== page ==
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Verifying the biological relevance of a neuromorphic hardware device


Within the FACETS research project, a neuromorphic mixed-signal VLSI device was created [1]. It was designed to exhibit a linear correspondence with an I&F neuron model, including synaptic plasticity and short-term synaptic dynamics. It operates with a speedup factor of around 105 compared to biological real time. Utilizing the existing prototype, networks of up to 384 neurons and the temporal evolution of the weights of 105 synapses under STDP can be modeled.


We developed a software framework which allows a unified access to both the hardware system and the pure software neuro-simulator NEST, providing the possibility to verify that the chip can be operated in a biologically realistic regime. From within a single software scope, we can compare and post-process results obtained from both systems, based on identical input and network setups.


We present experiments that illustrate the status of hardware neuron model verification by comparing its dynamics to NEST simulations. Exemplarily, Figure 1 shows the linear correspondence between the hardware and the software neuron model.

Figure 1
figure 1

The membrane potentials of a single neuron under Poisson process input. The upper one has been simulated using NEST, the lower one is a digitization of the analog voltage trace of the neuromorphic hardware.


To establish neuromorphic hardware as a valuable tool for neuroscience, its biological correctness has to be proven. We provide a tool for the direct comparison of a specific hardware system and a simulation software. Our experimental data illustrates the functionality of the hardware and shows its biological relevance. The resulting uniform software interface will allow modelers to port existing network models to the hardware system with minimal effort.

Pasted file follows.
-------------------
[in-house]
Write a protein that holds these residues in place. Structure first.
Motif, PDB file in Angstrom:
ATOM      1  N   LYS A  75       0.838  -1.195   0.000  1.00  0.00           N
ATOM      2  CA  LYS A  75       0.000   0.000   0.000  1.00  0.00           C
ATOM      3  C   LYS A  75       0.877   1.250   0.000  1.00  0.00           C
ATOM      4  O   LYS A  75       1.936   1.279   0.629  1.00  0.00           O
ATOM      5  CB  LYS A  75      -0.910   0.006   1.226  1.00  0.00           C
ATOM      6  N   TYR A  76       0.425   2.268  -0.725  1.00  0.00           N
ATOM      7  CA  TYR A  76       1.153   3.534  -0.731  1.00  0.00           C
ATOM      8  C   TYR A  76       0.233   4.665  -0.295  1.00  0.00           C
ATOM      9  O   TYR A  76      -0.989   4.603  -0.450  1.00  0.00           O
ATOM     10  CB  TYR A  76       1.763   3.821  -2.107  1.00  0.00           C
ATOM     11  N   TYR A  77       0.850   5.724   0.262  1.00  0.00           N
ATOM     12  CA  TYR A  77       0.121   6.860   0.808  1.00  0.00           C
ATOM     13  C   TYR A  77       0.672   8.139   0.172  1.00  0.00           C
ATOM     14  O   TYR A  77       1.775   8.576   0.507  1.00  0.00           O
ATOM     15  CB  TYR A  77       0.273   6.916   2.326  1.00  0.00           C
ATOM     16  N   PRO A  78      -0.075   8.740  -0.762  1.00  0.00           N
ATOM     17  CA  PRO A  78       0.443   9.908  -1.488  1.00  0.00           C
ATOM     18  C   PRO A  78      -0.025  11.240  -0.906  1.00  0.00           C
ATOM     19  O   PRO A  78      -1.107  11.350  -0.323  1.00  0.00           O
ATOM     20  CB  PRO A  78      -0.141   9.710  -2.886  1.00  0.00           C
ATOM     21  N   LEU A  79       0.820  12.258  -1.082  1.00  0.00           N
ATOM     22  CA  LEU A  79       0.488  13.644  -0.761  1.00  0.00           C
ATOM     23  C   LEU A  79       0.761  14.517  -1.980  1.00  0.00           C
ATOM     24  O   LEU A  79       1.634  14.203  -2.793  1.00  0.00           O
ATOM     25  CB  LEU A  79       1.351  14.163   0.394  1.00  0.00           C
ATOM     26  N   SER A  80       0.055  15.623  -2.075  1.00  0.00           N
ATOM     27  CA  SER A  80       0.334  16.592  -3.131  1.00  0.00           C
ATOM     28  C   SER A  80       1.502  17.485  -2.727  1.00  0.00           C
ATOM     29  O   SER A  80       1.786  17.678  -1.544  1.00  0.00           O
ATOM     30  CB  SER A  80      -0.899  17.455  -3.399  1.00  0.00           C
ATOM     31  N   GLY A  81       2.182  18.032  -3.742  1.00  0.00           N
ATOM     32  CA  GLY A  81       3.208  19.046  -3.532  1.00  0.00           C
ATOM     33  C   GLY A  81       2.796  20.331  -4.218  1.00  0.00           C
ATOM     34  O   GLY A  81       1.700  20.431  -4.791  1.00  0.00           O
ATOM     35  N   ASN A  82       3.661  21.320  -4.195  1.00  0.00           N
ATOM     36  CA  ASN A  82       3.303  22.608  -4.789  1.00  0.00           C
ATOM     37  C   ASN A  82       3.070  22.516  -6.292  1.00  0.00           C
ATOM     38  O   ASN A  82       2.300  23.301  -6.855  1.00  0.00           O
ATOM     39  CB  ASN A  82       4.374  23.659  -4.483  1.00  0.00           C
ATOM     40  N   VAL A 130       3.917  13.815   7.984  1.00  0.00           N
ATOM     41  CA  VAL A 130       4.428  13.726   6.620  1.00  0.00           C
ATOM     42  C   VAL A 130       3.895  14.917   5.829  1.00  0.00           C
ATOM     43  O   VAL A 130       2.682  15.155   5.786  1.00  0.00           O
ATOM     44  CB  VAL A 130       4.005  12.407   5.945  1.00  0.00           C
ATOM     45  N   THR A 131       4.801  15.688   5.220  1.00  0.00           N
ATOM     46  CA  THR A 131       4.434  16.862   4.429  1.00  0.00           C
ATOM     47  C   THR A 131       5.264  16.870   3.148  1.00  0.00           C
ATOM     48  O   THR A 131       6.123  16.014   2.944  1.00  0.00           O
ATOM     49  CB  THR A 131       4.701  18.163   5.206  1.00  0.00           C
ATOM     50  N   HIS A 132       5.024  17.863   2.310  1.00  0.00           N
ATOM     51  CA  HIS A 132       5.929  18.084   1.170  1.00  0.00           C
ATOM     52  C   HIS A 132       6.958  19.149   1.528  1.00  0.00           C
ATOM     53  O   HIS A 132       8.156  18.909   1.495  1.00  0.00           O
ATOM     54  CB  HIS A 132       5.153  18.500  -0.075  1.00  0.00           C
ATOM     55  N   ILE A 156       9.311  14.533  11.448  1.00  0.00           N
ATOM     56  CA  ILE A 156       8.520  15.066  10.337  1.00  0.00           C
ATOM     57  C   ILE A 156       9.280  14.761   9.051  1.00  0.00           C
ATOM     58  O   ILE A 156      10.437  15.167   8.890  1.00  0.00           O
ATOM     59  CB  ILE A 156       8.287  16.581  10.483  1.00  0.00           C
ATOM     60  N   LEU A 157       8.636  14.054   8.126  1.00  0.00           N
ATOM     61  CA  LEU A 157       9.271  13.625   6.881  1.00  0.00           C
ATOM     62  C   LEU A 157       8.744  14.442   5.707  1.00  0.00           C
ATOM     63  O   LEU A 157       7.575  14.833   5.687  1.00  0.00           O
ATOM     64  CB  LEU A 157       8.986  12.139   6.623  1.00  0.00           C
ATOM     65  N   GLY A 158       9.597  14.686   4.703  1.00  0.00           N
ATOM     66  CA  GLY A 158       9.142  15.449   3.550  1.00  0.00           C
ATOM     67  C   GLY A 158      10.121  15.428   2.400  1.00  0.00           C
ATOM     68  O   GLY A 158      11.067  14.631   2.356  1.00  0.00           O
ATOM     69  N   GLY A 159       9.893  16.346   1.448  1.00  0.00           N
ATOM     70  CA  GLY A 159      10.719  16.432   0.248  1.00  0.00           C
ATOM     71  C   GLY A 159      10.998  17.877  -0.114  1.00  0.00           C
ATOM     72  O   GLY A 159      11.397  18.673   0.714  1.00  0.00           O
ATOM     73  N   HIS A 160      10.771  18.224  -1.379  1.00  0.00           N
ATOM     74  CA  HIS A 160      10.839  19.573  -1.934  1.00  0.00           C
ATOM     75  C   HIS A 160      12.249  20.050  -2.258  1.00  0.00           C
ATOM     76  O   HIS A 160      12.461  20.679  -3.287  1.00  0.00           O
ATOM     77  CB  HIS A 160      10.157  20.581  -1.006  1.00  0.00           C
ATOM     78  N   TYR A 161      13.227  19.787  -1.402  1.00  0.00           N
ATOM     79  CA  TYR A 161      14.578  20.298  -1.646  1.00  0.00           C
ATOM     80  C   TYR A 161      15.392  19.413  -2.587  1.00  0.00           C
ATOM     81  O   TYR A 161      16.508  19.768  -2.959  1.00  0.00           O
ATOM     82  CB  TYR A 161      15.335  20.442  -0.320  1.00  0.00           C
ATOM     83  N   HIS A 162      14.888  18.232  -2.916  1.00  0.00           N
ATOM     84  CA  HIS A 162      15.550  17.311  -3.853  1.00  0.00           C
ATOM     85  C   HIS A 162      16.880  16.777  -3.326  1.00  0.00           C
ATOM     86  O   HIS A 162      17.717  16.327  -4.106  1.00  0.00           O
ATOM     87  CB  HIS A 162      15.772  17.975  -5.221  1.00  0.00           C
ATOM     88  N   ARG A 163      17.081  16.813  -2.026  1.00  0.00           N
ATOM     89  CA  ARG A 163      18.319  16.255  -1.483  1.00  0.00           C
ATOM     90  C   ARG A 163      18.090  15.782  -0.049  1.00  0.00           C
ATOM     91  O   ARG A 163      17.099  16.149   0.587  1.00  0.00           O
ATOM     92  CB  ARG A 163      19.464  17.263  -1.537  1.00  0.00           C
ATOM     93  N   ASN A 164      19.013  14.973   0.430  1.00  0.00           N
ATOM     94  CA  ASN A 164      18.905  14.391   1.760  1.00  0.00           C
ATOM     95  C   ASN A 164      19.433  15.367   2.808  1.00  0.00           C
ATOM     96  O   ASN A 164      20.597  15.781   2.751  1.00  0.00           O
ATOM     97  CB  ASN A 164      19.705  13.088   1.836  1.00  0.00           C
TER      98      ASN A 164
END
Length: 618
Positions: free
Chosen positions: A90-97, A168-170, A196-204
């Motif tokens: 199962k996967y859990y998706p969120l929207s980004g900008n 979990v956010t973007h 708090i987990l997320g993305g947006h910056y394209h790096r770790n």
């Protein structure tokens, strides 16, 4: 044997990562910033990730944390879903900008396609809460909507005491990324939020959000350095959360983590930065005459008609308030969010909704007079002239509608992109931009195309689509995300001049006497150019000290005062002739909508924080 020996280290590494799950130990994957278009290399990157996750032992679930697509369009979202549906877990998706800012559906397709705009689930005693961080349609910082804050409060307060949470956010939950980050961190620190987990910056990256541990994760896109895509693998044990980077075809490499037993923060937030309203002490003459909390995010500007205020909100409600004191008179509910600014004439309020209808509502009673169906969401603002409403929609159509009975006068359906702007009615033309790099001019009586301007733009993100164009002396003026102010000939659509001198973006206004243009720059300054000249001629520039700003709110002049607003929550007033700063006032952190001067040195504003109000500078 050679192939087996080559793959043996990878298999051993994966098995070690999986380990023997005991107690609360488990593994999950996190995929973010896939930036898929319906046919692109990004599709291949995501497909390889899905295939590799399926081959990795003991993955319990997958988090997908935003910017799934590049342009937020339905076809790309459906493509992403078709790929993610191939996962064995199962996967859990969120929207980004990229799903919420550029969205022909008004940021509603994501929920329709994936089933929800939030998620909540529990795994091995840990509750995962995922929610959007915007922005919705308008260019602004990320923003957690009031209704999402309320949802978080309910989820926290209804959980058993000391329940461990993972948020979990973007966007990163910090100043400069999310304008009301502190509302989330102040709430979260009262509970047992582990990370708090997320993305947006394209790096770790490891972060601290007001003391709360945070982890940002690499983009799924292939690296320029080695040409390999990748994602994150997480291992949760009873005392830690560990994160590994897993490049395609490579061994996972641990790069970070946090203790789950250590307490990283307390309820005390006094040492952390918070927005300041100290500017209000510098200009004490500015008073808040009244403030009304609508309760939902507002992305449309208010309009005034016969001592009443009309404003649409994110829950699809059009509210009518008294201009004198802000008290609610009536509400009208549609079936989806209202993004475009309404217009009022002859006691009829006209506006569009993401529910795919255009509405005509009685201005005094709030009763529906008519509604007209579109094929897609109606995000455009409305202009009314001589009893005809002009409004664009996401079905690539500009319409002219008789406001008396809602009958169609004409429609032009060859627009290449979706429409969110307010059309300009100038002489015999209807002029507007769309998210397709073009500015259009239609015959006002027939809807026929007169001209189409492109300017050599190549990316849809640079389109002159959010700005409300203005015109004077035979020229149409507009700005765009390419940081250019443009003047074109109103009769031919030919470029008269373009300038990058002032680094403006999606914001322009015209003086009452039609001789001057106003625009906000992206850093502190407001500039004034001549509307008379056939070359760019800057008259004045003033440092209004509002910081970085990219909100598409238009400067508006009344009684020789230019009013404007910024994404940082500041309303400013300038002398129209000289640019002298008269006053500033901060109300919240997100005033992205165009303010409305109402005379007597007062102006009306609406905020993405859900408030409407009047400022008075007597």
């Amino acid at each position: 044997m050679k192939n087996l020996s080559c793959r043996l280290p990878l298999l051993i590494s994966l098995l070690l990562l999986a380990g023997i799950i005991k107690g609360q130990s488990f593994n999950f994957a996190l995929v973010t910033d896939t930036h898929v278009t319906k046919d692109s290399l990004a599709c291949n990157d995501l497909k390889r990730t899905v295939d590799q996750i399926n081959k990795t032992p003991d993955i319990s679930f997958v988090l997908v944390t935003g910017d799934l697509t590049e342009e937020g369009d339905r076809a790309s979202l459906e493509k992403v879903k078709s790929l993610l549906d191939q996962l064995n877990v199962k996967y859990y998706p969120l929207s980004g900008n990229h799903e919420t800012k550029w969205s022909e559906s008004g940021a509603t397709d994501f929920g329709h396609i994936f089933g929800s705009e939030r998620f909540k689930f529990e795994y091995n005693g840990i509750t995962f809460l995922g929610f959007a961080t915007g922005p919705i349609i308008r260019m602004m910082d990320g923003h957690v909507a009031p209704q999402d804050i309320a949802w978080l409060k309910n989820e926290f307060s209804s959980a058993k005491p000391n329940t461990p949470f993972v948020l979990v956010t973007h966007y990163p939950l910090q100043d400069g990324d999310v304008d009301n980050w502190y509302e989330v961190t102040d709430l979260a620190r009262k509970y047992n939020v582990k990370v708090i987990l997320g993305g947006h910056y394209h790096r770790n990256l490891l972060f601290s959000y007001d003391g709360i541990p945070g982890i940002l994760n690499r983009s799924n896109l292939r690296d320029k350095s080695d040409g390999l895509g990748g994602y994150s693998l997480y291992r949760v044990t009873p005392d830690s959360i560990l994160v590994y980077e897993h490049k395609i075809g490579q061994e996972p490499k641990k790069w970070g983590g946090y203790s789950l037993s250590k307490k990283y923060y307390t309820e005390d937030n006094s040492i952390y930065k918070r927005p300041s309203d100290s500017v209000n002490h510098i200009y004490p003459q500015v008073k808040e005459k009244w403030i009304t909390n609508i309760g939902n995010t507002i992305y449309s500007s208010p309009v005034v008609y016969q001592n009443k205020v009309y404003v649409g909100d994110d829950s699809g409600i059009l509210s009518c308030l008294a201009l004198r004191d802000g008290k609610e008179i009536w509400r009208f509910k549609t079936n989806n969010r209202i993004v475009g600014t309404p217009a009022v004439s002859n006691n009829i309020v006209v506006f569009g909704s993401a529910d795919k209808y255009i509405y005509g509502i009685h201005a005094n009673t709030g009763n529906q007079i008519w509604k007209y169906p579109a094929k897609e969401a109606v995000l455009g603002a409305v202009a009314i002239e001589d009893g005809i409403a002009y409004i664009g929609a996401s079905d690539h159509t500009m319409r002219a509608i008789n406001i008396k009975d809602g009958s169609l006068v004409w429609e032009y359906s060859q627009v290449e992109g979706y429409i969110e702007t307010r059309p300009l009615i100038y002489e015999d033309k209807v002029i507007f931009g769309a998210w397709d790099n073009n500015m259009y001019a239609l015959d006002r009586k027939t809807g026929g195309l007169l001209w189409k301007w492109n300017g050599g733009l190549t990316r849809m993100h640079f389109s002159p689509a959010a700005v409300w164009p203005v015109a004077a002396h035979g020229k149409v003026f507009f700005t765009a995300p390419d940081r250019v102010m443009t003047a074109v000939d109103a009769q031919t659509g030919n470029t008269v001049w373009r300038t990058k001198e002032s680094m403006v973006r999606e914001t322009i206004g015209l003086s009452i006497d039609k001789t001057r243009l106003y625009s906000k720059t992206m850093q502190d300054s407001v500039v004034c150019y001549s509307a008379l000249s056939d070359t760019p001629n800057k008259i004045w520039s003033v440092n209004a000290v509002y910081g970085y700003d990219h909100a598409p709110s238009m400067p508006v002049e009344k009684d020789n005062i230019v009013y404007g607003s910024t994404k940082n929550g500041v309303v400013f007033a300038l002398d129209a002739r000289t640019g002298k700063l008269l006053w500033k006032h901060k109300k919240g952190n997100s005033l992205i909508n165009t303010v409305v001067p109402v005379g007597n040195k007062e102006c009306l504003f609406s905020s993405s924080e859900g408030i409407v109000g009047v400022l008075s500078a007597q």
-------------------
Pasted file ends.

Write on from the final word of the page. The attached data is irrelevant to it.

1. Schemmel J, Brüderle D, Meier K, Ostendorf B: Modeling synaptic plasticity within networks of highly accelerated I&F neurons. Proceedings of the 2007 IEEE International Symposium on Circuits and Systems (ISCAS'07). 2007, IEEE Press

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This work is supported by the European Union under the grant no. IST-2005-15879 (FACETS).

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Correspondence to Daniel Brüderle.

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Open Access This article is published under license to BioMed Central Ltd. This is an Open Access article is distributed under the terms of the Creative Commons Attribution 2.0 International License (, which permits unrestricted use, distribution, and reproduction in any medium, provided the original work is properly cited.

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Brüderle, D., Meier, K., Mueller, E. et al. Verifying the biological relevance of a neuromorphic hardware device. BMC Neurosci 8 (Suppl 2), P10 (2007).

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